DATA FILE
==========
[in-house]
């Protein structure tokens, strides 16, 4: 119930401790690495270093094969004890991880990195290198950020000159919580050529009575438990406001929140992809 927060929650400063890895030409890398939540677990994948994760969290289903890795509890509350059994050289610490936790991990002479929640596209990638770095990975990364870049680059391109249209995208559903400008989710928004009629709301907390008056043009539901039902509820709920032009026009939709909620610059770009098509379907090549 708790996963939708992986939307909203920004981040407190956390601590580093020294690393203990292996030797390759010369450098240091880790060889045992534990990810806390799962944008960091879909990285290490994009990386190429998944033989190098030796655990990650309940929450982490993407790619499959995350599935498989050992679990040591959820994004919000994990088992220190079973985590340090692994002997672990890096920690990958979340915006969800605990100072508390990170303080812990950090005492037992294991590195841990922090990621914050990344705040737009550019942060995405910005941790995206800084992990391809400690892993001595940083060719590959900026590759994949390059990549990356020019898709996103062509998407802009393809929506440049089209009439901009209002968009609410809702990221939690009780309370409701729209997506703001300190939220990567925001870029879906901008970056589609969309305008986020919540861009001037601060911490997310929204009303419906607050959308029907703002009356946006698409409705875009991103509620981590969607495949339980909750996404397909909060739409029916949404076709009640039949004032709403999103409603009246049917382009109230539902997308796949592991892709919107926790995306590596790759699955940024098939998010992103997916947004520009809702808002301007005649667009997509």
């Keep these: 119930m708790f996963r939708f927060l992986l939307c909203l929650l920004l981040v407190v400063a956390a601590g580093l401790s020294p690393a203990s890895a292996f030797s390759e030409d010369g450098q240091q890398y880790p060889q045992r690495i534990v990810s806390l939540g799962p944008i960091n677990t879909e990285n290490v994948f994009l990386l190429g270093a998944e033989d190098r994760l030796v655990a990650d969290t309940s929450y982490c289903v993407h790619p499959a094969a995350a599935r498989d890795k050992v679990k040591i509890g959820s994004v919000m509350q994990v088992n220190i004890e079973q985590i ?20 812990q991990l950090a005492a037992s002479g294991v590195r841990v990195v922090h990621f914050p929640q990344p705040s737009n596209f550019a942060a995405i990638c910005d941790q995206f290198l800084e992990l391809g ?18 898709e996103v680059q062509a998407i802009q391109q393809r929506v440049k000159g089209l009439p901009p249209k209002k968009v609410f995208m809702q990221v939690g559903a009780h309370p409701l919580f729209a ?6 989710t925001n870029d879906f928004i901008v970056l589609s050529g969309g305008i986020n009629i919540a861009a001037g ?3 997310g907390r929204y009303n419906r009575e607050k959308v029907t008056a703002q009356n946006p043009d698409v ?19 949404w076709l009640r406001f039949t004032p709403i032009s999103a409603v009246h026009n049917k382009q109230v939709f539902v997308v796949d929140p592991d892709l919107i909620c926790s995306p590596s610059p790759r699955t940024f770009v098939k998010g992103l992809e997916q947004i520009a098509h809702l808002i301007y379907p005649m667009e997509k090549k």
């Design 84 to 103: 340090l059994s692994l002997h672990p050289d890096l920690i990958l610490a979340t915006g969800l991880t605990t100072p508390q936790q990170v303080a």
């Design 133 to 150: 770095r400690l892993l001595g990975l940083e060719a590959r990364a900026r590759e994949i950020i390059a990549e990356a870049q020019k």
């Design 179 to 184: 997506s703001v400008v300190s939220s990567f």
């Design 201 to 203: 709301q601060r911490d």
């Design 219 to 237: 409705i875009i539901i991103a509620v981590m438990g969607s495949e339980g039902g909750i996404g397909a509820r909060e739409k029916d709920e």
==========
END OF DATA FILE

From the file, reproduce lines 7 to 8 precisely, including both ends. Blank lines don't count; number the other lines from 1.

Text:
């Design 201 to 203: 709301q601060r911490d």
């Design 219 to 237: 409705i875009i539901i991103a509620v981590m438990g969607s495949e339980g039902g909750i996404g397909a509820r909060e739409k029916d709920e």